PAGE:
Ajovy: A New Drug for Migraine Prevention

Ajovy (fremanezumab) is a new drug for migraine prevention. In this article, we tell you all about what it is and how it works.
Ajovy: A New Drug for Migraine Prevention
Sara Viruega

Written and verified by the pharmacist Sara Viruega.

Last update: 20 October, 2022

Migraine prevention is one of our society’s important challenges since it’s one of the most common disabling illnesses nowadays. That’s when Ajovy (fremanezumab) comes in. It’s a new drug that can help treat this problem.

Migraine isn’t simply a headache, it’s a neurological disease. More than 50 million people in Europe suffer from this unpredictable disorder. It’s an illness that weakens patients, both physically and mentally. It’s more common in patients between the ages of 25 to 55 and it greatly affects their quality of life. Furthermore, women are more prone to get it and it has a genetic component to it to some degree.

Doctors have labeled it as a disabling illness and experts are using more and more resources to improve its prophylaxis, not only to control it but to reduce its impact as well. However, in many cases, they can’t diagnose it or make an adequate intervention.

New therapeutic alternatives such as Ajovy are fundamental to keep making breakthroughs to treat the disease. Both migraine prevention and symptomatic treatments help reduce the burden of migraines.

This new drug has been studied in patients with disabling migraine. It has been demonstrated that Ajovy reduces up to 50% the number of days that migraine manifests in a month. Several studies also prove its effectiveness as a preventive measure.

Another drug that has been used in migraine prophylaxis is propranolol, usually sold under the name Inderal. It’s a relaxing medication also used to treat anxiety.

A woman with migraine.

What’s Ajovy and how does it work?

Ajovy is the commercial brand of a monoclonal antibody: fremanezumab. It’s a solution that comes in syringes that’s used to prevent migraine in adults that suffer from it at least four days per month. It has now been approved in the United States and Europe.

Fremanezumab is a humanized monoclonal antibody. It works by attacking the calcitonin gene-related peptide (CGRP), therefore keeping it away from its receptor. Hence, drugs such as Ajovy are anti-CGRP, which is one of the most abundant neuropeptides that come from both central and peripheral neurons. It’s a powerful vasodilator and affects pain transmission.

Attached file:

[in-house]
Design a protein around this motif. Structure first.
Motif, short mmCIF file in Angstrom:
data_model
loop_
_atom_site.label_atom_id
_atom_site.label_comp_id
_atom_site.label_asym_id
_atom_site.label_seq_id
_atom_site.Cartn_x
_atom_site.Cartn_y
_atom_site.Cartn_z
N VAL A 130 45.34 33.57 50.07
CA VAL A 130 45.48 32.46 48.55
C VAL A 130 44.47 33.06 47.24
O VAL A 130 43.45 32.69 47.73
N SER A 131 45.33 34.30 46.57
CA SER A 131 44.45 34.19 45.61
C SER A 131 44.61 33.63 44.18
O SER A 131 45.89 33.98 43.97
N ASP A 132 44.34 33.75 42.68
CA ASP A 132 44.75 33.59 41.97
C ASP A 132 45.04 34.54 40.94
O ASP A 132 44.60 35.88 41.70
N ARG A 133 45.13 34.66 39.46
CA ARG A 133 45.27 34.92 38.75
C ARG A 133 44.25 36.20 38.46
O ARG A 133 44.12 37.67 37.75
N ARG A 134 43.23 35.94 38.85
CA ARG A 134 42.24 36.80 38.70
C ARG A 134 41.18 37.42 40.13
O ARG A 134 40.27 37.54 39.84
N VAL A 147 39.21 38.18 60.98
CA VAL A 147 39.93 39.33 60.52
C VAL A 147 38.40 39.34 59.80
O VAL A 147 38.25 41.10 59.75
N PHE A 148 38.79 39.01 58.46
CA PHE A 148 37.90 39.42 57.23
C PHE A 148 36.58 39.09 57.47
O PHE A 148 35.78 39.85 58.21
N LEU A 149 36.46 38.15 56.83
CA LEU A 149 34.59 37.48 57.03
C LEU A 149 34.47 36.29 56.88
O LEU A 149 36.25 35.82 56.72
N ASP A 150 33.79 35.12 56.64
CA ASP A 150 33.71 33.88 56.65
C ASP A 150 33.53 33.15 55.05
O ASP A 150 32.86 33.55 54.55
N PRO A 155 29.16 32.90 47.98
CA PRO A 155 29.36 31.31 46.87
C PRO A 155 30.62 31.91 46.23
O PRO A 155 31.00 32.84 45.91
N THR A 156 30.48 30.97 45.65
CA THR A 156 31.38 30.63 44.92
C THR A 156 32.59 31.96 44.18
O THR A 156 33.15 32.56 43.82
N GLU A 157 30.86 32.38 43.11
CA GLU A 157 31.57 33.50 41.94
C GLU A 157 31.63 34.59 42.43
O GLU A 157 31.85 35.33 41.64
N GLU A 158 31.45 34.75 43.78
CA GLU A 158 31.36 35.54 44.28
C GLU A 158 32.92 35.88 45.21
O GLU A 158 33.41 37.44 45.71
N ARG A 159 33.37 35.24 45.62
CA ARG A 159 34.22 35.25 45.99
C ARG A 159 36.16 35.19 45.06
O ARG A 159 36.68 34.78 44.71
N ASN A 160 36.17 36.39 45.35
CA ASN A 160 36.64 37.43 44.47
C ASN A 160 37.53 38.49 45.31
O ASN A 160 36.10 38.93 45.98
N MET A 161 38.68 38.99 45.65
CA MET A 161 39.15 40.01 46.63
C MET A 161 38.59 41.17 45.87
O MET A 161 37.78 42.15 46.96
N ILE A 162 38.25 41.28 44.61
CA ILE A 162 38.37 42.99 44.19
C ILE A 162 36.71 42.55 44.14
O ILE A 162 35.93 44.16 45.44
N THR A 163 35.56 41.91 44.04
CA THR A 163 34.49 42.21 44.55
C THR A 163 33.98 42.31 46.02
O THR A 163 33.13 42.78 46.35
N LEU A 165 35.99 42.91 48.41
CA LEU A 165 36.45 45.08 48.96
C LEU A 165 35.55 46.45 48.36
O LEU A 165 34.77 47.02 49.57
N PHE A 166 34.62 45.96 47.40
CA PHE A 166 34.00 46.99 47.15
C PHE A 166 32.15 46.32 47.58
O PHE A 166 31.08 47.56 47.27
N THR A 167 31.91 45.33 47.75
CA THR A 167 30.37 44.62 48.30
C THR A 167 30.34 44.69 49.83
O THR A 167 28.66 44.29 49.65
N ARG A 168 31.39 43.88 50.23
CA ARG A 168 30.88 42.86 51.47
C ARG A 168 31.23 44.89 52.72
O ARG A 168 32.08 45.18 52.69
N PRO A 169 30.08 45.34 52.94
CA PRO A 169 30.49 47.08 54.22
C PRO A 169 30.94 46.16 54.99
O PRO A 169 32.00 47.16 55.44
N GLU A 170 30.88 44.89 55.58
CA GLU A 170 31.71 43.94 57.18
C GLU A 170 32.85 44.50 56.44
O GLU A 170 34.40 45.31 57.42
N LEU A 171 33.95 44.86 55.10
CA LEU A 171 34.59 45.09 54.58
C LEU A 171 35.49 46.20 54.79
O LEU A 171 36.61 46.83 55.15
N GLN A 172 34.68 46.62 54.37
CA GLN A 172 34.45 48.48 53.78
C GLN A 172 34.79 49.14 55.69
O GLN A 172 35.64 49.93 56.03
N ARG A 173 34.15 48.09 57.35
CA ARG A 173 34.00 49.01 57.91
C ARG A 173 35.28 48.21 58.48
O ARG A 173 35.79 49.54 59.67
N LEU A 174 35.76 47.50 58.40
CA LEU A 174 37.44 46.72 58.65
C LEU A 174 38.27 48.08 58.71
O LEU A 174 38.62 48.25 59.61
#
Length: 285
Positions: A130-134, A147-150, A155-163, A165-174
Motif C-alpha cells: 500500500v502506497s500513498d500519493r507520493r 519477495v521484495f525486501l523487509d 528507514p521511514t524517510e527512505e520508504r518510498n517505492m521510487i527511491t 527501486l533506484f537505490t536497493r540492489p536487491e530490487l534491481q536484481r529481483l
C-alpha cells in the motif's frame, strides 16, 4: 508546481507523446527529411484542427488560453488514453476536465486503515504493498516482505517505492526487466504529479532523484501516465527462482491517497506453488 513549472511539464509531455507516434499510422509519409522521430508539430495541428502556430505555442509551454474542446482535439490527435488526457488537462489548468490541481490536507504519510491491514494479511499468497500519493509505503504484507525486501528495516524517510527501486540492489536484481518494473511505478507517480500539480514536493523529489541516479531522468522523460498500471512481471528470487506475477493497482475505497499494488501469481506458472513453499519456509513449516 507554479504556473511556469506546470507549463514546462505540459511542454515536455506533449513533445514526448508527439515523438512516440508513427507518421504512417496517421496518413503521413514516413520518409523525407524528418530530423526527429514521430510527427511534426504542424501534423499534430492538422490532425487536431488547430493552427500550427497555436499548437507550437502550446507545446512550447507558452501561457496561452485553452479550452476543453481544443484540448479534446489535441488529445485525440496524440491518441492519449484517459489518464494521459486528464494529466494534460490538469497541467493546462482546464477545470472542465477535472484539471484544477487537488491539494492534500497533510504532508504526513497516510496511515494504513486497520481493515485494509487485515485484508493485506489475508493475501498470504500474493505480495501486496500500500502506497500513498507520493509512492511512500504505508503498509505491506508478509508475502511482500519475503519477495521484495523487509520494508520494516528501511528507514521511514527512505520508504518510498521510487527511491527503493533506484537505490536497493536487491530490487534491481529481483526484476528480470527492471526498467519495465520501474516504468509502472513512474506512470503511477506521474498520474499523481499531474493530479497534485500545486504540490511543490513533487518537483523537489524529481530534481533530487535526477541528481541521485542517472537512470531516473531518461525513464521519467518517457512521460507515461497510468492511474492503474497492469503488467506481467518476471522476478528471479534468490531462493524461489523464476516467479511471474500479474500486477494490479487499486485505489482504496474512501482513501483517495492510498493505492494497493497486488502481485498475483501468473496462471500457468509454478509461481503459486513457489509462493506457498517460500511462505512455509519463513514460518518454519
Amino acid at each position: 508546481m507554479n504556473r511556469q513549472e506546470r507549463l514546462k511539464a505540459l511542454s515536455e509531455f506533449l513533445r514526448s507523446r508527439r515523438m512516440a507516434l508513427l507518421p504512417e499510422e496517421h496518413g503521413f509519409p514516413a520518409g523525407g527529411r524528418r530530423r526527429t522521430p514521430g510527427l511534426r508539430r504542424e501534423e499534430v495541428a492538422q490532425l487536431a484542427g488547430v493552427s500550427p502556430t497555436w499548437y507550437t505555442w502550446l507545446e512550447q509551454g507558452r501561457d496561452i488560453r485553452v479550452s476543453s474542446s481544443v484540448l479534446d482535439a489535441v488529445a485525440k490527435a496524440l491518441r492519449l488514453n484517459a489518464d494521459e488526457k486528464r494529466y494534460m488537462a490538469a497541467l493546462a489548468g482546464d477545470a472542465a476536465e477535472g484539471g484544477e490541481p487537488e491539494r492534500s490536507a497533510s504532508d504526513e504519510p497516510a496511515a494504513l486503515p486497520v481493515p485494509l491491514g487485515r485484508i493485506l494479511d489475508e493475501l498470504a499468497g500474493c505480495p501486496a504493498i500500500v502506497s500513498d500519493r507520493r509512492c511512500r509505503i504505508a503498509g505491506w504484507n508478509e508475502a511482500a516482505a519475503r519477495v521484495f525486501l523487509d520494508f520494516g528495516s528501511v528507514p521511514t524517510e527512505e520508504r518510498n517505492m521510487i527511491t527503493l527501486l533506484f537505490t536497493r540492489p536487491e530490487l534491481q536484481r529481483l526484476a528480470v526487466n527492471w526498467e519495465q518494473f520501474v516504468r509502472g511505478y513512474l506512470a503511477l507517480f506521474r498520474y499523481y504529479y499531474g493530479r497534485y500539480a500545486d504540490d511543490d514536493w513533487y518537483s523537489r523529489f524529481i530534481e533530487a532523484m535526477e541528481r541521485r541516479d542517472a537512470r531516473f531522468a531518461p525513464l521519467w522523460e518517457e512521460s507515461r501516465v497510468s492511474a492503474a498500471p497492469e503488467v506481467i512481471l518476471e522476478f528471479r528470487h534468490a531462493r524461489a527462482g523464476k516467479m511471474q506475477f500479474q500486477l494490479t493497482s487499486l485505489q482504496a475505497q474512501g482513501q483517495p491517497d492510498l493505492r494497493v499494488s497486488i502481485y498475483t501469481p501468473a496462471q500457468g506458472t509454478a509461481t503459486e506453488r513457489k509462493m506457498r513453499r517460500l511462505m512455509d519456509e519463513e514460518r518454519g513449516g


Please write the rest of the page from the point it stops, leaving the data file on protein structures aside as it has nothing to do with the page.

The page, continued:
It’s been demonstrated that CGRP levels increase during a migraine. With the neuropeptide’s release in the nerve terminals, and after it meets the receptor, there’s a release in the inflammatory mediators and powerful vasodilation.

Thus, by acting over CGRP, fremanezumab avoids the activation of the trigeminal nerve’s sensory fibers, which are responsible for pain. However, how these substances work is not yet clear to neuroscientists.

Ajovy and migraine prevention

Ajovy comes in an easy-to-use syringe that’s injected under the skin. Each syringe contains 225 milligrams of the antibody. Doctors usually administrate it in monthly or quarterly doses.

  • If the patient undergoes monthly administration, just one subcutaneous injection is enough.
  • If the patient undergoes quarterly administration, then three injections can be administered at once. This equals 675 milligrams, so there’s no need to repeat the dose until three months later.

This way of administration is advantageous because it greatly increases the treatment’s flexibility. In fact, with the three-month dosage, the patient has to get injections only four times per year.

An Ajovy syringe.

Side effects

The observed adverse reactions are, in general, very mild. Usually, there are adverse reactions around the injection spot, such as:

  • Pain
  • Redness
  • Toughening of the skin
  • Itching
  • Rashes

Since it’s a new drug, it’s necessary to keep studying its safety and effectiveness in the long run. So, if there are any undesired reactions, the patient must contact their doctor immediately.

Curiously enough, when it comes to migraines, some treatments may not work on all patients. This is because not all migraines are the same. There are several pharmaceutical options on the market and each doctor must adjust them to every case, meaning that each treatment is entirely personalized.

All cited sources were thoroughly reviewed by our team to ensure their quality, reliability, currency, and validity. The bibliography of this article was considered reliable and of academic or scientific accuracy.

  • VanderPluym, J., Dodick, D. W., Lipton, R. B., Ma, Y., Loupe, P. S., & Bigal, M. E. (2018). Fremanezumab for preventive treatment of migraine: Functional status on headache-free days. Neurology, 91(12), e1152–e1165.
  • Durham, P. L. (2006). Calcitonin gene-related peptide (CGRP) and migraine. Headache.
  • EMA (2019). Summary of opinion: Ajovy, fremanezumab. Case Medical Research.

This text is provided for informational purposes only and does not replace consultation with a professional. If in doubt, consult your specialist.